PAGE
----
Any time spent away from the girls will be more than offset by the opportunities they would have as children of a president or former president. I think Chelsea herself has benefited enormously. And her relationship with her father has not suffered due to his responsibilities as president.

    The real discussion here, I believe, is why the same isn't true for women. Sadly, I think Hillary is right, and it is a double standard. At the same time, my own experience as a mother informs an emotional argument, which is that I wouldn't want to pursue something so ambitious as the mother of a young child. I was much more satisfied with the bonding process at the time. Of course, I'll suffer my entire working life for making that choice. That's the real tragedy for working mothers.

    It's an issue that comes up (5.00 / 1) (#147)
    by Cream City on Sun May 04, 2008 at 01:48:04 PM EST
    for all of us mothers who were and are single moms and working moms -- those of us with what are so horribly called "broken homes."  Nonsense; my kids just had two homes.  (And they liked having two Christmases, two birthday parties -- actually, often three, as we would have a combined families' party and then separate parties for friends at both homes -- etc.)

    So I look at these comments through the eyes of a single mom (when my kids were growing up, not now -- I deliberately delayed remarrying until they were past the age when lawyers and courts could screw with them and me again:-).  And the comments are quite revealing of the commenters, when seen that way.  

    Reread and see.  A lot of commenters here are talking about a lot of us, much as they may not realize it.  Also interesting to me is how many seem to see Jeralyn even raising this issue as her almost threatening them.  The very existence of healthy children of single parents -- children of two health homes -- does seem to have that effect on some people; it is for them to think about the reasons.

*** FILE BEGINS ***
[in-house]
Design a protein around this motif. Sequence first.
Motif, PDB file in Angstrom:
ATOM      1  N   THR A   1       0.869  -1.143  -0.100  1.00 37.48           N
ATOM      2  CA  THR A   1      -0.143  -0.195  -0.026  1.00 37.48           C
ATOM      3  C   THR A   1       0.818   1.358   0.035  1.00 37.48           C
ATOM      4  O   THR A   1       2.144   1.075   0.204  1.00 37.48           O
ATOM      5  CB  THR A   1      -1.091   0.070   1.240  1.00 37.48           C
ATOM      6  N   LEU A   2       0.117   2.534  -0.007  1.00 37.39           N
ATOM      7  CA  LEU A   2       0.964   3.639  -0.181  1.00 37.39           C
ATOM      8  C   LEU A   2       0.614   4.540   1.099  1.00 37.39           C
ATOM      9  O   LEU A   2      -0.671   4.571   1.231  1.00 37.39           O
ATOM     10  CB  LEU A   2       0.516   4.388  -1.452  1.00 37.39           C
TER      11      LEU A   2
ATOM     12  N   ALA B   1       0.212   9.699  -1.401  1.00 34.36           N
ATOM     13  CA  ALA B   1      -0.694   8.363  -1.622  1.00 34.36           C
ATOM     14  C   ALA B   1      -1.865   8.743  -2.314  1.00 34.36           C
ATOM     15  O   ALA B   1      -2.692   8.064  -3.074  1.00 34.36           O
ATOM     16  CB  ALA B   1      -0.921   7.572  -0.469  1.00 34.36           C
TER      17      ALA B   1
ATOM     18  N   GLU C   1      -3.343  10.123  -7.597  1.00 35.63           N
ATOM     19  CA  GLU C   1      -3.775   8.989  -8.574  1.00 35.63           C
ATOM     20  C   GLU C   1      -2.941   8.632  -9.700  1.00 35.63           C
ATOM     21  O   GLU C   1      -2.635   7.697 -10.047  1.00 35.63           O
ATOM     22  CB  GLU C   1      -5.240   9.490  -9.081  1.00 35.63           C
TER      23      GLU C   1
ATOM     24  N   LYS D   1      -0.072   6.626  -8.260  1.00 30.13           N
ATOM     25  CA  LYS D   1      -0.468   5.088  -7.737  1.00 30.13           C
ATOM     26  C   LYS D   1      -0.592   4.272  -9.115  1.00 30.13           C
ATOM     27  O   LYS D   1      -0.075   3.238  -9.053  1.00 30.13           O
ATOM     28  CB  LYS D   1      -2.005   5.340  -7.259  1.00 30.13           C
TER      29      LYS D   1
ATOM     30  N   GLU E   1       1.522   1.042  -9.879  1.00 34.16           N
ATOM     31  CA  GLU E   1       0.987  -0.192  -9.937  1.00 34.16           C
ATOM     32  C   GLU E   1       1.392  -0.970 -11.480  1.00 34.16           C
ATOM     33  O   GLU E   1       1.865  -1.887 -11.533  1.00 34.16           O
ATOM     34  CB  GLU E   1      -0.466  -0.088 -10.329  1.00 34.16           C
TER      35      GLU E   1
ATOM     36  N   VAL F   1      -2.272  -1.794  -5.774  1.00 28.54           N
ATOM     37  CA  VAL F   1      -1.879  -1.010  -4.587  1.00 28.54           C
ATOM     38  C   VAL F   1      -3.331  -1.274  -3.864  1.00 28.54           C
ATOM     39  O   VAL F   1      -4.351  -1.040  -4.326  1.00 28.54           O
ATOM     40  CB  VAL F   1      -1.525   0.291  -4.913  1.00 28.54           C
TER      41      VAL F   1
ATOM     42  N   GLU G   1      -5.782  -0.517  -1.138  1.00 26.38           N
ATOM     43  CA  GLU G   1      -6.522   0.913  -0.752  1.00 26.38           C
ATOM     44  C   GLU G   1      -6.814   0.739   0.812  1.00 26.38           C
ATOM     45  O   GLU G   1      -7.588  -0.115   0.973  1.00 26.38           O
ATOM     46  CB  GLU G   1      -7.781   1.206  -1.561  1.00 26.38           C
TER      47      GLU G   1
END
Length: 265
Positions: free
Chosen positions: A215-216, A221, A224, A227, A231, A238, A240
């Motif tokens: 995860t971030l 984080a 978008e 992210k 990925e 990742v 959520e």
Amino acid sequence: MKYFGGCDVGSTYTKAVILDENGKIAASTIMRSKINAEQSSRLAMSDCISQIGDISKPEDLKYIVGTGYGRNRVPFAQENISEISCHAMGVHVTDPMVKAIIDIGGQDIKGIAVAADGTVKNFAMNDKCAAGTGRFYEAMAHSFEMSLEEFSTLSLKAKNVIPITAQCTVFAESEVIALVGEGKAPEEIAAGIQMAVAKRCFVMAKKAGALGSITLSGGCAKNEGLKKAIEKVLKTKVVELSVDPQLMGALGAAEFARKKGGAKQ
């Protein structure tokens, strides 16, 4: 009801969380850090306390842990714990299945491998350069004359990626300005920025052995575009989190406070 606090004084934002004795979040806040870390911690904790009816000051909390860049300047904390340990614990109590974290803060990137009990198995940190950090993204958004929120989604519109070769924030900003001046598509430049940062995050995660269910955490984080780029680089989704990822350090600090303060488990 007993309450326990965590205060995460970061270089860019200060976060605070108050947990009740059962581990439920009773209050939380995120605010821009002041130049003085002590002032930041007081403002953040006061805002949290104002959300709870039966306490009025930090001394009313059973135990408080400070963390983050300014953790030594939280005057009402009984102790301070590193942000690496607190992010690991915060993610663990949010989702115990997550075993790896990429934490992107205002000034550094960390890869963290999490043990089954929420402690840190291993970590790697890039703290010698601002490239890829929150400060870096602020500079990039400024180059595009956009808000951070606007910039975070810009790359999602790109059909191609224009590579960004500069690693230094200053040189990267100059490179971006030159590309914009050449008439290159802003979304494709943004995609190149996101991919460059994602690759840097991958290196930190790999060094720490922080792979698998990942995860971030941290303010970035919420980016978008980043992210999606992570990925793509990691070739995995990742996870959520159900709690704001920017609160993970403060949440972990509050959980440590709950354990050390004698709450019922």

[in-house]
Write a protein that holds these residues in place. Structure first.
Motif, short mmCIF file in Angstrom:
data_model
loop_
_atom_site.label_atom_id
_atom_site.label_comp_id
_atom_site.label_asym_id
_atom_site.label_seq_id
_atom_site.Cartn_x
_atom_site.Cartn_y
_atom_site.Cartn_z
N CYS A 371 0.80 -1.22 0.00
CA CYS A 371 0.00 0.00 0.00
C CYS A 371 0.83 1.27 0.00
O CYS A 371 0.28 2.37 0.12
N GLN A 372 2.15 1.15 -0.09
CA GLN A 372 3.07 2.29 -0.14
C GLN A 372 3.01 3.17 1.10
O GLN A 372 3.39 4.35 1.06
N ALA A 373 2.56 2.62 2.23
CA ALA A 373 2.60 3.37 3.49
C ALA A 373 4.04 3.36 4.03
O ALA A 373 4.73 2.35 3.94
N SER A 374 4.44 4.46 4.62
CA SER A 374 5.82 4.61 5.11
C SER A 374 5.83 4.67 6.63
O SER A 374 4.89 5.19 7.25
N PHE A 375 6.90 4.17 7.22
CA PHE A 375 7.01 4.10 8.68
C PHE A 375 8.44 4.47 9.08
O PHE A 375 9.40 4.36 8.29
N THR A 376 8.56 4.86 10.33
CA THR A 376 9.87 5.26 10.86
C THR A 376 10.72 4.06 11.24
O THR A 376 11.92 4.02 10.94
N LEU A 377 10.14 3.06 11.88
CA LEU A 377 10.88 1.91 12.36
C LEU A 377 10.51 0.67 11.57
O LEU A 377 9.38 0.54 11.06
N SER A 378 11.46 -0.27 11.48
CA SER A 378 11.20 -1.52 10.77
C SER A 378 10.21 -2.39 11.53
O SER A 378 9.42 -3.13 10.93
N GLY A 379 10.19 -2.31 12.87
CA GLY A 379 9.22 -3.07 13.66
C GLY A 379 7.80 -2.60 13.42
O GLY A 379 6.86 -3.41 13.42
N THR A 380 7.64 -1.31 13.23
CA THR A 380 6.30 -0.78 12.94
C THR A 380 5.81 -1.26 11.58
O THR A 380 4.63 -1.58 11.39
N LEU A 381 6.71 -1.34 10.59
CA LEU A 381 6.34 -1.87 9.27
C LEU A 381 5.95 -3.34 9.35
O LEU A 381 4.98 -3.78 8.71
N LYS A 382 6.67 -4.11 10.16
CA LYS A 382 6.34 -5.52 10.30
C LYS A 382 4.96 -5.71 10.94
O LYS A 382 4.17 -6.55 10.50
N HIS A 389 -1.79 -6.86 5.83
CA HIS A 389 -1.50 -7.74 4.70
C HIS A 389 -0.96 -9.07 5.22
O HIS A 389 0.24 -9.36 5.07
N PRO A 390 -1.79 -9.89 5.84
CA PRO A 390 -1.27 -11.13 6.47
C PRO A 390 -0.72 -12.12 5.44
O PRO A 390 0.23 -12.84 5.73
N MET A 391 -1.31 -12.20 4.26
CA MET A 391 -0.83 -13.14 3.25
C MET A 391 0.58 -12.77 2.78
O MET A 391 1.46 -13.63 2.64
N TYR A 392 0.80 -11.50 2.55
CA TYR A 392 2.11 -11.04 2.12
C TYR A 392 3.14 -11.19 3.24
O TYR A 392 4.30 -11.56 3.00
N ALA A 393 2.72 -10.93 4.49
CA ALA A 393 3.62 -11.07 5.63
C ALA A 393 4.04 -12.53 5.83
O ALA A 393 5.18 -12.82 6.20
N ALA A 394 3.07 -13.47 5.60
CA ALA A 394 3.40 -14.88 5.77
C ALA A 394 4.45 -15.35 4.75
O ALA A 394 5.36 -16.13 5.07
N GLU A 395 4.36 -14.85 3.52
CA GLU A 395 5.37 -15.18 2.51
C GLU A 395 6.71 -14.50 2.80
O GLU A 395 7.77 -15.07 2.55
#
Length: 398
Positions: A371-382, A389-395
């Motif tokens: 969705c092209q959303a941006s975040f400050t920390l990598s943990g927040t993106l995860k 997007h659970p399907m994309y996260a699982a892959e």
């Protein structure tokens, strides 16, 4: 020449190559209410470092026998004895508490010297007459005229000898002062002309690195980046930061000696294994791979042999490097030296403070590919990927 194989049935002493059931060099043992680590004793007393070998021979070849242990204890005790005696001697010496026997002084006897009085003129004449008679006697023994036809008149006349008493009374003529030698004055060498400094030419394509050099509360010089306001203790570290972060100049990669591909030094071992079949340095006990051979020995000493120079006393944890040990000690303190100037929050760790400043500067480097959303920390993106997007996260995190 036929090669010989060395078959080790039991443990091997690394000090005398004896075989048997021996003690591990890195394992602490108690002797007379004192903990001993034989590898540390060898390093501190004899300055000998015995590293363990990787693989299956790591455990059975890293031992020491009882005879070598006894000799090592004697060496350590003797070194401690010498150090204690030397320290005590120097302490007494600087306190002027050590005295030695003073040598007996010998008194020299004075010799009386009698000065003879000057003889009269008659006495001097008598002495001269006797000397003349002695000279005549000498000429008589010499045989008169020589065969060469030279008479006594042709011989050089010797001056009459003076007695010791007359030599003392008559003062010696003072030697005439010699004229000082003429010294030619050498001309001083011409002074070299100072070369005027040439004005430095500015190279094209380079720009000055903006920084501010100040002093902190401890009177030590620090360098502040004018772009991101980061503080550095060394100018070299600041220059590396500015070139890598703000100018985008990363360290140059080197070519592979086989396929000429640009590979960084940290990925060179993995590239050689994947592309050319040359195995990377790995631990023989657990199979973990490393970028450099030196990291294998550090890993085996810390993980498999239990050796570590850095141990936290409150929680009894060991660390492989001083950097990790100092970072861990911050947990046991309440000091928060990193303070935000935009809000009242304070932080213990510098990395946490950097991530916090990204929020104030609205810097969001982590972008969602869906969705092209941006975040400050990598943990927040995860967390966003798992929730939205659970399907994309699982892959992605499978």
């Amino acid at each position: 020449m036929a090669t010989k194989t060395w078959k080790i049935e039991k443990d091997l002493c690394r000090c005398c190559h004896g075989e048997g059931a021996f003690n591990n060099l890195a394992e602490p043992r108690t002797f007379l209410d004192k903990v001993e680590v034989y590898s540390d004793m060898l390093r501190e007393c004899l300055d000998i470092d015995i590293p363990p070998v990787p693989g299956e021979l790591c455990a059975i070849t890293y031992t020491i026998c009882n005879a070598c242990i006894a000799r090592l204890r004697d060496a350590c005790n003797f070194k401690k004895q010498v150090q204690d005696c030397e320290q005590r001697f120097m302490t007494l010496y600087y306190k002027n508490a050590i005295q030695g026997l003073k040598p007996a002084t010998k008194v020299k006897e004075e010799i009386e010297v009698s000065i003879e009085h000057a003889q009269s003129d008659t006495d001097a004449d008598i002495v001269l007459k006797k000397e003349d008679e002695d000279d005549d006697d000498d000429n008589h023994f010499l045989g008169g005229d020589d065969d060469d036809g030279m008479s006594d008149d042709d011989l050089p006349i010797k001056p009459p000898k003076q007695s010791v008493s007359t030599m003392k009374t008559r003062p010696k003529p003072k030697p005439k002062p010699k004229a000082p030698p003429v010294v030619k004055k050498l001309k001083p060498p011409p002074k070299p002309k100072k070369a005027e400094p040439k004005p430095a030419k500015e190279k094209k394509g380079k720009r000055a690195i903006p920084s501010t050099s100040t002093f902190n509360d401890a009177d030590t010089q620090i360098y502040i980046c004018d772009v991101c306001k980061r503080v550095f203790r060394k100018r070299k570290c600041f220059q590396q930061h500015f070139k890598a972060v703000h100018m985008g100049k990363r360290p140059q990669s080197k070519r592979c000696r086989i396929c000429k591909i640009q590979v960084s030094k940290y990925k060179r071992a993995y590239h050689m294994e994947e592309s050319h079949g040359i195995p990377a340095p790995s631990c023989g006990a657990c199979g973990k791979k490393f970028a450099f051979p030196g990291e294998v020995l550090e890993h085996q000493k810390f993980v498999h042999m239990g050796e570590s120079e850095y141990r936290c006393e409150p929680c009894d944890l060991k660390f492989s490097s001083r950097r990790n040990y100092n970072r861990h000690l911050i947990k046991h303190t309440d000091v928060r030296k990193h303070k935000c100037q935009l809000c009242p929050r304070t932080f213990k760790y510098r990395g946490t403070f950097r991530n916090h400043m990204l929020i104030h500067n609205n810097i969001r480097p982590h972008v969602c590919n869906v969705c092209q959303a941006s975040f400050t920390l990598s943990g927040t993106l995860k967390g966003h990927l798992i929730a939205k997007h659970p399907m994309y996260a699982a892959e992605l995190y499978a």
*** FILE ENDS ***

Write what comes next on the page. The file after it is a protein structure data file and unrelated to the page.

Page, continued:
Doesn't it reinforce elite images (4.33 / 3) (#10)
    by Mark Woods on Sun May 04, 2008 at 01:17:51 AM EST
    To picture Daddy flying home for a PTA meeting and then flying back to D.C. for a Senate breakfast?

    How many parents can afford to leave work in one city to attend family business in another?

    Obama's family certainly deserves the fruits of his labour, but this seems to me like another way to reinforce how out of touch Barack and Michelle might be with the reality of 'balancing' work and kids for most Americans.

    Most folks I know mourn the time lost with kids but reckon keeping kids clothed and fed preempts 'quality time', and many have an 'either/or' choice: 'poverty and family time' or 'overtime and mortgage payments'.

    Although it's refreshing that he cooks. Does he clean the toilets and mop up vomit when he's overworked and the girls are home sick? If so, then he gets a star for being a truly good husband in my book. And if he's taking care of an aging parent in addition to kids and work, then he might be 'getting' it, perhaps . . .

    Actually not (5.00 / 2) (#76)
    by ineedalife on Sun May 04, 2008 at 08:40:13 AM EST
    Didn't Michelle say on one of the talk shows that he didn't clean up after himself? That his dirty laundry never made it to the hamper and that he didn't do dishes. And his office was nicknamed "The Black Hole" at their house. This was in attempt to humanize him.

    Yeah, sounds like Obama likes (5.00 / 1) (#130)
    by FlaDemFem on Sun May 04, 2008 at 11:52:37 AM EST